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The Netcom Times Agora Skopje

27th of October 2011

Struga

THE BALKANS: FINALLY STABLE?

The Zastava GT55 parked at Sveti Stefan, Montenegro.

Touring the Balkans with a Zastava

by Koen Berghuis “The Balkans,” according to the great journalist C.L. Sulzberger, “is a peninsula filled with people who loved and murdered easily and had a splendid talent for starting war.” This magnificent part of Europe was once very popular among Western tourists, but after the breakup of Yugoslavia and the wars that followed, once popular places like Ohrid could never regained their pre-independence tourist levels. Just like Sulzberger, I

always adored the Balkans and its great people. That is why some good AEGEE friends (Nico, Wouter and Berend) and I decided to buy a local car and tour the less well-known parts of this area. While many people enjoy the famous places on the Croatian coast like Dubrovnik, how many of us do really know how people in the Bosnian countryside think? How people in Kosovo live? How the situation is right now, twenty years after the start of the first hostilities? We really wanted to find out, so we took a flight to Sofia, bought ourselves a Zastava and started driving! While for many the fight-

ing in the 1990’s came as a surprise, some people already knew it was just a matter of time before hell would break loose. The Balkans were always a place of ethnic warfare and shifting borders. Macedonia has always been contested by Serbian, Bulgarian, and Greek powers, not to mention the conquest by the Ottoman Empire in the past. In 1988, the late Yugoslav dissident Milovan Đilas already predicted the events that would follow in the decade after. Of course tensions eased over the last few years. Nonetheless, thinking all the problems are over for good turned out to be a mistake.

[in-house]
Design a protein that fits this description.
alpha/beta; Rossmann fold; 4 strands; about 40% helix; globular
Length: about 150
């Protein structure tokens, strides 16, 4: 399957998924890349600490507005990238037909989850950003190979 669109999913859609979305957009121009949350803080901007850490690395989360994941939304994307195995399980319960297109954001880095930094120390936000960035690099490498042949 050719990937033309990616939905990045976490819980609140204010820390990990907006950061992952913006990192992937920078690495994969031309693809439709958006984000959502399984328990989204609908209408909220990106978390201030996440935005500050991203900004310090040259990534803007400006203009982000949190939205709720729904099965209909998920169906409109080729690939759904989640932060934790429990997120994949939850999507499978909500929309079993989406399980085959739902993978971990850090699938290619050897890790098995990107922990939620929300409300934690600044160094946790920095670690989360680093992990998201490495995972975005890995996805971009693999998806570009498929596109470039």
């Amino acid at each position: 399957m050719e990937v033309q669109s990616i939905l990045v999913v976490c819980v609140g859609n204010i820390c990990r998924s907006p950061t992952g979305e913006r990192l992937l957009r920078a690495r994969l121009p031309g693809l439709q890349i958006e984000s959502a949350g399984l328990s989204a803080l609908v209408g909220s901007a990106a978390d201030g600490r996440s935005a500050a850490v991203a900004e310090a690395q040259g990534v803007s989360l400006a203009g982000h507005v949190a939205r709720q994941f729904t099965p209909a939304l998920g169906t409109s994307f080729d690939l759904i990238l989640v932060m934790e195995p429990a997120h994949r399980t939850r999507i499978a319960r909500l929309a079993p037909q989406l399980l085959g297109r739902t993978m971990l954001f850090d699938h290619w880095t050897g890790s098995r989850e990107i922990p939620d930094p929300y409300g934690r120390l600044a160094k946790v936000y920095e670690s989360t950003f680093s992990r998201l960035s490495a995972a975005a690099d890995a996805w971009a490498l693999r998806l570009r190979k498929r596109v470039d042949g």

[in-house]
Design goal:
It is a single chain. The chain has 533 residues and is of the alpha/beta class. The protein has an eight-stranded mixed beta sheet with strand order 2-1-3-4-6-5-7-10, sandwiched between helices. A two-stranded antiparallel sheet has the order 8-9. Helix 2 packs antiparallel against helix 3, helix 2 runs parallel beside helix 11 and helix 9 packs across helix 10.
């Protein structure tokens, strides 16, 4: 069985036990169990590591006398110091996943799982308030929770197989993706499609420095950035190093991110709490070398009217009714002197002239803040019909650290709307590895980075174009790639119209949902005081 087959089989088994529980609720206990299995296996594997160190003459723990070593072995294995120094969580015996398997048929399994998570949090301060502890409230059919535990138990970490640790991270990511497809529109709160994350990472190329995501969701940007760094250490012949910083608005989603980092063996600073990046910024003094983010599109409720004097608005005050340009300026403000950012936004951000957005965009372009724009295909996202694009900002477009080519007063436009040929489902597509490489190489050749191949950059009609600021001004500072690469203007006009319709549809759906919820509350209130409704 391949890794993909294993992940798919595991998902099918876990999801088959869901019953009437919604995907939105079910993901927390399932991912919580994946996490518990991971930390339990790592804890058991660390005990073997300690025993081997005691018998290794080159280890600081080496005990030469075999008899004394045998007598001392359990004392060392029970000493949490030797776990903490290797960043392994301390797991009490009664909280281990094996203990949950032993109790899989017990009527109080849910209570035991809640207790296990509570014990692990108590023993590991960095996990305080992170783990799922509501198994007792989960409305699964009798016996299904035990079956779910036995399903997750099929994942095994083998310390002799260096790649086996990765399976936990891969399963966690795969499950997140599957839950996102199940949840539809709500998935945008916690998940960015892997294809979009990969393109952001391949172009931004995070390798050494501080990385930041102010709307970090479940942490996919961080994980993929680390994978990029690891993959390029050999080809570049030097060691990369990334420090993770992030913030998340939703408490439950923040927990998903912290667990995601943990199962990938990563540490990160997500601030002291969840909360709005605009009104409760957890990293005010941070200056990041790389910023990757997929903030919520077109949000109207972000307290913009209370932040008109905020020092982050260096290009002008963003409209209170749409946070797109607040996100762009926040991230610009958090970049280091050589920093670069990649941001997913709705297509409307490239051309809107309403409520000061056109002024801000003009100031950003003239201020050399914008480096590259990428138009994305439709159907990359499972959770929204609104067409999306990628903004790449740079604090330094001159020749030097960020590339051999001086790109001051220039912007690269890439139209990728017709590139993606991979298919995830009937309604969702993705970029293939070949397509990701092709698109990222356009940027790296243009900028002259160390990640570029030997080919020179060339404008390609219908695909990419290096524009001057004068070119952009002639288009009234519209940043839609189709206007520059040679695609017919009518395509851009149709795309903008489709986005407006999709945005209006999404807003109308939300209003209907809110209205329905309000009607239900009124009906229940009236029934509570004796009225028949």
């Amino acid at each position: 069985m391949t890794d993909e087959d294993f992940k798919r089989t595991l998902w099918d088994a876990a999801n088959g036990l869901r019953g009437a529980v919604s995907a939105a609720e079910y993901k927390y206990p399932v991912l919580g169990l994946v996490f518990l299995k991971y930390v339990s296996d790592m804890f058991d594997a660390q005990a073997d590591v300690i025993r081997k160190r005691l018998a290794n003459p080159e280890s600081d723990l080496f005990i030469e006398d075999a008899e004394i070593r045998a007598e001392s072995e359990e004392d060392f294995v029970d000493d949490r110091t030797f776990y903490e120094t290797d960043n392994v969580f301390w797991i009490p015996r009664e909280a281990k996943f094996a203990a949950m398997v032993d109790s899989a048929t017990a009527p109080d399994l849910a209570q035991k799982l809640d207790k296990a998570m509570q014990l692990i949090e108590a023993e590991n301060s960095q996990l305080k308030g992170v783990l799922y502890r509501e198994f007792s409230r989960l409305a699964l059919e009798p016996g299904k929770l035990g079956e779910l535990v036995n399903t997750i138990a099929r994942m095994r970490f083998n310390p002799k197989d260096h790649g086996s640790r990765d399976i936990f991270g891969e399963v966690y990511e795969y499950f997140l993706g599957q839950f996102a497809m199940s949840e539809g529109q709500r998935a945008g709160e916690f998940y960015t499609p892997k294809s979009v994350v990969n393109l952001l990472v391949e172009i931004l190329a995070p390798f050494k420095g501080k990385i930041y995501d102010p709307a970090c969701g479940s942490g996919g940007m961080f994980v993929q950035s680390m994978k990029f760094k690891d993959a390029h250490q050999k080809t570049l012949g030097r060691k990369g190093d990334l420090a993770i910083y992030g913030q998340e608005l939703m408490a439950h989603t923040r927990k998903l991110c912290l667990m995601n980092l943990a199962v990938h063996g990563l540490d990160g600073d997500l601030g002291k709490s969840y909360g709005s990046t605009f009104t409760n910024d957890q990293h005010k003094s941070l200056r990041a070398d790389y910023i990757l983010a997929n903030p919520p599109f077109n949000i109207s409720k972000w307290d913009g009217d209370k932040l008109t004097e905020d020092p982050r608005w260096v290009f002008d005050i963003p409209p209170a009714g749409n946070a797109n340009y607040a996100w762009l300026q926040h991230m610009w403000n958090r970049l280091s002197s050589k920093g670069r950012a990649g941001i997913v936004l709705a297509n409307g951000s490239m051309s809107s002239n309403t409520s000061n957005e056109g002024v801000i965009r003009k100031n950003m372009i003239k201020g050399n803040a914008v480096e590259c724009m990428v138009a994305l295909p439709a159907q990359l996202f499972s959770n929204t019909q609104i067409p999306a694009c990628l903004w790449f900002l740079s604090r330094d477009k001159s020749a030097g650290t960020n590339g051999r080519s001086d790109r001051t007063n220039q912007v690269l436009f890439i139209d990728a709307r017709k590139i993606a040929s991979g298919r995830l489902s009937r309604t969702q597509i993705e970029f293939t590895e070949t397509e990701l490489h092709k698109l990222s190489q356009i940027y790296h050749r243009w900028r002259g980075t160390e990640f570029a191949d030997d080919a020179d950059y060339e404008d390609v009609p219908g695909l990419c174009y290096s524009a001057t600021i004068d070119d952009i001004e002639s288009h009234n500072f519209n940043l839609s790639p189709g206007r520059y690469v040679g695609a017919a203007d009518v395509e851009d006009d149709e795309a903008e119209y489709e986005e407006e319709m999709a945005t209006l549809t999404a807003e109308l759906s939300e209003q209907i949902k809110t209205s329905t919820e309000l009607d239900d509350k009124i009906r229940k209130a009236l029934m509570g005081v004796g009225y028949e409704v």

When we set off from Sofia on our way to Niš and Prishtina, we had our first encounter with one of the many conflicts still present. Some borders between Kosovo and Serbia had been closed because of fighting between Kosovar police and Serbians who still form the majority in parts of Kosovo. We had to make a detour to get around the problem areas to head into Kosovo. After buying compulsory insurance for our car at the border (called an “administrative line” by the Serbians) we finally crossed the border and headed into Kosovo. Continue reading on page 2

Words from the Speaker Dear Network, I love autumn! It’s the beginning of a new university year with its new courses, new projects, new CD, a brand new Agora and most of all – many new enthusiastic people joining AEGEE or taking their first steps on the European level. Look around you, the people you see sitting next to you are the ones who will be the most active during the following years in AEGEE, new project founders or even your future netcommies! Best case scenario, you’re actually one of them! Let’s never forget the value of a truly European environment such as we have in AEGEE, where we can see beyond national politics and make friends with other students, remembering more what unites us than what separates us. You will find in this edition of the Netcom Times some examples of the life of AEGEEans in its different moments and aspects – travelling around the Balkans in an old, broken-down car, being part of a European youth organization in Belarus and what it means to be a netcommie! Last but not least, let’s all take a few moments to remember that Europe is not yet the peaceful and conflictfree zone we’d like it to be. Our work is surely not done and now is the time to act! Let’s remember the problems that exist and bring people together – in the spirit of AEGEE, towards a more peaceful and stable future. Europeanly yours, Olimpia Pârje